And the more time regulators have to spend preparing for hearings or documentation to send to Congress, the less time they have for their other work — in other words, in just asking for information, Waters will be able to slow down the Trump administration’s deregulatory agenda.
She will also be able to signal values and push oversight in other ways, like with the subcommittees she creates. On that front, she plans to put together a subcommittee on diversity and inclusion, which will be formally established when committee rules are established in the new Congress.
“We believe that not only are we going to be able to define very clearly for everybody where there is discrimination but also have recommendations and try to work with all of the entities that are involved to eliminate it,” Waters said.
Waters has a reputation for being able to work across the aisle
While Waters has in recent months come into the spotlight over her fierce opposition to Trump, on Capitol Hill, she also has a reputation as someone who can work across the aisle to push legislative priorities.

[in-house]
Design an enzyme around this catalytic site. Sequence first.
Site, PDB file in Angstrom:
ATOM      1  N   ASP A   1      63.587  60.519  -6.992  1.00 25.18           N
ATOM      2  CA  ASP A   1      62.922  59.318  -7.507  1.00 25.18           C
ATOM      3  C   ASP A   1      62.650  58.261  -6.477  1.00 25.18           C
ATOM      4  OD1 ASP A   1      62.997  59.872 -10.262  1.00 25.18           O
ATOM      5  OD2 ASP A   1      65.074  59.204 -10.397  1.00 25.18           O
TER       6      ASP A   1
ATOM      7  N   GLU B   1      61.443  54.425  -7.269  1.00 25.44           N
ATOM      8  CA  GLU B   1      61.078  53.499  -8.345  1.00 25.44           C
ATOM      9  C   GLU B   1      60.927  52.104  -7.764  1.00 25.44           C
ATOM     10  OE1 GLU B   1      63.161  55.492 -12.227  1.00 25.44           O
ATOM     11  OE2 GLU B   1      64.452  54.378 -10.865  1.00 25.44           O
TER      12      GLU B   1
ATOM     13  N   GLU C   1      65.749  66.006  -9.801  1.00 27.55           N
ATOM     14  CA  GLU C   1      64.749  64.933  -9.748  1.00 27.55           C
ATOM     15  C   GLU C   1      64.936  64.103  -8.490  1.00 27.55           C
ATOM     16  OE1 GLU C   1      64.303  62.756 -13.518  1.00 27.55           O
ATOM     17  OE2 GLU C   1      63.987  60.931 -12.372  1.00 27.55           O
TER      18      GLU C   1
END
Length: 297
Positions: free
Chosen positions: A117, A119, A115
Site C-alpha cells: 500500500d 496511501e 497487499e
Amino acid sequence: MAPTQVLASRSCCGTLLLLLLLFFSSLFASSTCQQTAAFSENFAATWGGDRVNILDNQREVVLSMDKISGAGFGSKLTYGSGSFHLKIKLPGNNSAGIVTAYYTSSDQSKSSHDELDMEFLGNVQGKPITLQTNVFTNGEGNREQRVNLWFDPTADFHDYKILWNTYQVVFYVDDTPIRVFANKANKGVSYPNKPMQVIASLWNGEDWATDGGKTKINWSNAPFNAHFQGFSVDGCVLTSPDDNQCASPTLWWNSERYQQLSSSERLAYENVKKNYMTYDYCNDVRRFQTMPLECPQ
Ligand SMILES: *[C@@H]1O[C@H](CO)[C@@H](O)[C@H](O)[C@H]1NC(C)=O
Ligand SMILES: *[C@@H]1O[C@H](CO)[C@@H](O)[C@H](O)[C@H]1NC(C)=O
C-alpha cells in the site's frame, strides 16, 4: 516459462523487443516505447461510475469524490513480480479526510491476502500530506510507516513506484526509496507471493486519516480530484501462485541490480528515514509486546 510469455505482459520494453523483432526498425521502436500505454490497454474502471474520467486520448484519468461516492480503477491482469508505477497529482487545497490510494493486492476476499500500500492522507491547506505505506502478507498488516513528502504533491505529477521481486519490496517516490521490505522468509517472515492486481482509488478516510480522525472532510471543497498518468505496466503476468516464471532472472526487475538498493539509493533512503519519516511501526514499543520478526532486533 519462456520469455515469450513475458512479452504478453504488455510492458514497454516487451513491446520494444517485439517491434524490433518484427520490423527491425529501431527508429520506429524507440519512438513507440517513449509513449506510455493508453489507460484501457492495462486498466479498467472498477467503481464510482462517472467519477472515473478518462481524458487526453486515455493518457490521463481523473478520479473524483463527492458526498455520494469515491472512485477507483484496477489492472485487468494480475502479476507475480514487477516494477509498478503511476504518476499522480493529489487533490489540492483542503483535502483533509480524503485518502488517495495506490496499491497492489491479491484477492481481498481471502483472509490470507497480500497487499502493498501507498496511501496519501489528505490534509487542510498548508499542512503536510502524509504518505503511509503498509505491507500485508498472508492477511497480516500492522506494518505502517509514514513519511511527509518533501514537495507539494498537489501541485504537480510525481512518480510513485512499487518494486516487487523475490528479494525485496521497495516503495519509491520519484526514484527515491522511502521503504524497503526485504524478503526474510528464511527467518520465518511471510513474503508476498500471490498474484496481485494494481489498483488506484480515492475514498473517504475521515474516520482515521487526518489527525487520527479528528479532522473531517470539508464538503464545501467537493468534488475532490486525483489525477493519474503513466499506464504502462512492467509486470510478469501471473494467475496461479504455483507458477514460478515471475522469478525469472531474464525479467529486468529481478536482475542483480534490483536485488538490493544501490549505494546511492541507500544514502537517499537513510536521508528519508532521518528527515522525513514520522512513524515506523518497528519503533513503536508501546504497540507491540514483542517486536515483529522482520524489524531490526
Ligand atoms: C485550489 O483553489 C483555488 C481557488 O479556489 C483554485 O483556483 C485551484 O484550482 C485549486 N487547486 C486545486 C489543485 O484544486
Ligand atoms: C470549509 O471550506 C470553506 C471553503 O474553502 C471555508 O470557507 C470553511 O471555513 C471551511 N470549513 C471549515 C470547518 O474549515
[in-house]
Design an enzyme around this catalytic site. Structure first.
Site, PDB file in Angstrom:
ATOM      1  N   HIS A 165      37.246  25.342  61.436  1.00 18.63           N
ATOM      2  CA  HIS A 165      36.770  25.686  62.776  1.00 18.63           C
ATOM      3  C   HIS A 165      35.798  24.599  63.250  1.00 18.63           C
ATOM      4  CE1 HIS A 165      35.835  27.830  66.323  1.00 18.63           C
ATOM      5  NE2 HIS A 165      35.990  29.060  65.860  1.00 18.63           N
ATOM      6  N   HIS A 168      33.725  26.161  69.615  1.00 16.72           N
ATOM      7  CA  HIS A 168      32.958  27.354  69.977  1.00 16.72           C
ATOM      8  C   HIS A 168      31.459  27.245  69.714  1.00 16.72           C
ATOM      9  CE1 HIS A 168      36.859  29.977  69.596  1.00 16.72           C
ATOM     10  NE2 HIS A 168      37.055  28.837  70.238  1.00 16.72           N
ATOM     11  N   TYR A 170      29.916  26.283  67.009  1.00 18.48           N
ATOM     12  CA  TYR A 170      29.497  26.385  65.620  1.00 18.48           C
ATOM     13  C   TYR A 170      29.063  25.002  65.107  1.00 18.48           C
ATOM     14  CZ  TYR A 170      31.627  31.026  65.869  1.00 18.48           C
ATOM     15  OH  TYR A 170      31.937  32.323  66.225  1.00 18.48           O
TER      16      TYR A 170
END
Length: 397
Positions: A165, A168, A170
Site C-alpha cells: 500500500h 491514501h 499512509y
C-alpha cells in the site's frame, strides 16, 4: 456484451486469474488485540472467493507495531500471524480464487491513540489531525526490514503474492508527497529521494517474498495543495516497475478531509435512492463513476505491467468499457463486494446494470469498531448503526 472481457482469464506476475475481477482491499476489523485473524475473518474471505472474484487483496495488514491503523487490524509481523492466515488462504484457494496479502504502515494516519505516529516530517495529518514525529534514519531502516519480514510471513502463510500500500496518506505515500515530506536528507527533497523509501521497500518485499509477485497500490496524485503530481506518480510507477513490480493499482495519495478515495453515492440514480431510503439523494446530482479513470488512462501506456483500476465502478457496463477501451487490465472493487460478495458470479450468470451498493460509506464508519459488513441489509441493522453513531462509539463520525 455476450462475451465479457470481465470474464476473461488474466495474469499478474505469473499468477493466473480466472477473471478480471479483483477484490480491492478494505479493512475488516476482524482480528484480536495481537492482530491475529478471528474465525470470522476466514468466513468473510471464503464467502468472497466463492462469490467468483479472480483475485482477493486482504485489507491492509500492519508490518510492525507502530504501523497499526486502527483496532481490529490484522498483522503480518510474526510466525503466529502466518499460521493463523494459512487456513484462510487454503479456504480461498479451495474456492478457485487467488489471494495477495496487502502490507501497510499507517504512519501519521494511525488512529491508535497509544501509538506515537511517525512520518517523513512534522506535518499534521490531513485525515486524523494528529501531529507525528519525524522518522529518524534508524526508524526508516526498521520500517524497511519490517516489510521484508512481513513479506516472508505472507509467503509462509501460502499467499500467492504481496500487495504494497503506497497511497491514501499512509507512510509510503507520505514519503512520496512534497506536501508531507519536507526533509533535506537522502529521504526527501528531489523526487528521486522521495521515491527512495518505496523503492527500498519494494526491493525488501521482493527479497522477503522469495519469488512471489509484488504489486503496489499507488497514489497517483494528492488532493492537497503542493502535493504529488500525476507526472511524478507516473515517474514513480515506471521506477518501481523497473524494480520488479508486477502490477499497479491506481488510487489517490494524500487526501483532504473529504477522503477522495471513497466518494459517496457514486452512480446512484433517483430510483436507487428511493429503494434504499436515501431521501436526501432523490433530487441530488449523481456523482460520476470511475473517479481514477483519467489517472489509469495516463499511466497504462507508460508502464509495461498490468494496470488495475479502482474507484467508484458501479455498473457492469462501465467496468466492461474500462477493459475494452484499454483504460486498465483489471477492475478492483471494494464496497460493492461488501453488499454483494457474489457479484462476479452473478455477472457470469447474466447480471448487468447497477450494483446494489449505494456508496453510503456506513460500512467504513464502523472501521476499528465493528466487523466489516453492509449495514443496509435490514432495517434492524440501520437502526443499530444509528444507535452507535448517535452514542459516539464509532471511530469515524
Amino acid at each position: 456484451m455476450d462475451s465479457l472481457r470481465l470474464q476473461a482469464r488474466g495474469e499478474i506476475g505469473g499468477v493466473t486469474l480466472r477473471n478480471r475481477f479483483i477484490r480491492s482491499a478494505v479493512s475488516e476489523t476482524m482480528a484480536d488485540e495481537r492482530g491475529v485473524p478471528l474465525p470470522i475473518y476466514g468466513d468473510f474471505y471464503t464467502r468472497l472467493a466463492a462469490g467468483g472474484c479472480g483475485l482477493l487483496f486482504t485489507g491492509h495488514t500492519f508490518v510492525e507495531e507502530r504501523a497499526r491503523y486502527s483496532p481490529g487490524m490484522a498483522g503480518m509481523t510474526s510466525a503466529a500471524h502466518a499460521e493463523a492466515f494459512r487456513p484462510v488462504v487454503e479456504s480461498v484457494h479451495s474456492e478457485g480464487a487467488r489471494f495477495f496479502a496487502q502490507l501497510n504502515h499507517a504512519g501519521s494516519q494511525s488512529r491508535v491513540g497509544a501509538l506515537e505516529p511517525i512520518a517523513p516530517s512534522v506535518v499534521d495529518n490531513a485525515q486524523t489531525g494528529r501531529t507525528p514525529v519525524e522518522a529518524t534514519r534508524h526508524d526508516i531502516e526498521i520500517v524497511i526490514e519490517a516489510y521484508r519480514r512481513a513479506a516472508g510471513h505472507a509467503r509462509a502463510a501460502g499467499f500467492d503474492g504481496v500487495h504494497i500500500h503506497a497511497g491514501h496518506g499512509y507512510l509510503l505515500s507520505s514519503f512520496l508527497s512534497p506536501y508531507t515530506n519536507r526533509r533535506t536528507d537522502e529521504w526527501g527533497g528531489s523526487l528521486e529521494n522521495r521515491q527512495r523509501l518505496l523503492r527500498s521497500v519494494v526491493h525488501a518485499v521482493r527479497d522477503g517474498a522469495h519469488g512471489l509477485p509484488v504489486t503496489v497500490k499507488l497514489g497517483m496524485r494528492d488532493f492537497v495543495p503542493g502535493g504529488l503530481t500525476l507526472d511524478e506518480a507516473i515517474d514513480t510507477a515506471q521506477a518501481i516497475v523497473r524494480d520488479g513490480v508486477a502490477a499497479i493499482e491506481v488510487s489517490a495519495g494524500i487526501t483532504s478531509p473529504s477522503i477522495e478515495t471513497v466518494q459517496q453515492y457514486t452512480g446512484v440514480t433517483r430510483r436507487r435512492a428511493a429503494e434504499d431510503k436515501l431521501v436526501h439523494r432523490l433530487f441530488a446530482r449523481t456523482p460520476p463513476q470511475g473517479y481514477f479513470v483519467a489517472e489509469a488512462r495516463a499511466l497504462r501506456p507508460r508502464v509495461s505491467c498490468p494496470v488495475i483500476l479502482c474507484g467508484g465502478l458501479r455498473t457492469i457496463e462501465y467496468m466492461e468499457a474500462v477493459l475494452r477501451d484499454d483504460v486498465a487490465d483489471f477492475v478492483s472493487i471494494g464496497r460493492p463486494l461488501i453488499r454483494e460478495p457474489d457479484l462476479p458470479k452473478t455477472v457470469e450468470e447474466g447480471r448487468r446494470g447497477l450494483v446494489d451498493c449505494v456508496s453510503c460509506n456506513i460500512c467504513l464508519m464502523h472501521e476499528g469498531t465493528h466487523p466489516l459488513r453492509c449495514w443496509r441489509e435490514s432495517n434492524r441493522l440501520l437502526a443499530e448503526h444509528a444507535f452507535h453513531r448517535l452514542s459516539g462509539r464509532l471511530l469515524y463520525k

“I have dealt with her enough on issues to understand that she can see the whole picture,” Rep. Frank Lucas (R-OK) told Politico in October. “It is possible to negotiate with her and she’ll keep her word.”
During the last Congress, for example, Waters and Hensarling put together the JOBS Act 3.0, a package of 32 financial regulatory proposals including changes to credit access, investment disclosures, and capital raising. (The bill went nowhere in the Senate.) As the Wall Street Journal notes, she also compromised with Hensarling on extending “business-friendly programs” like the National Flood Insurance Program and the Export-Import Bank.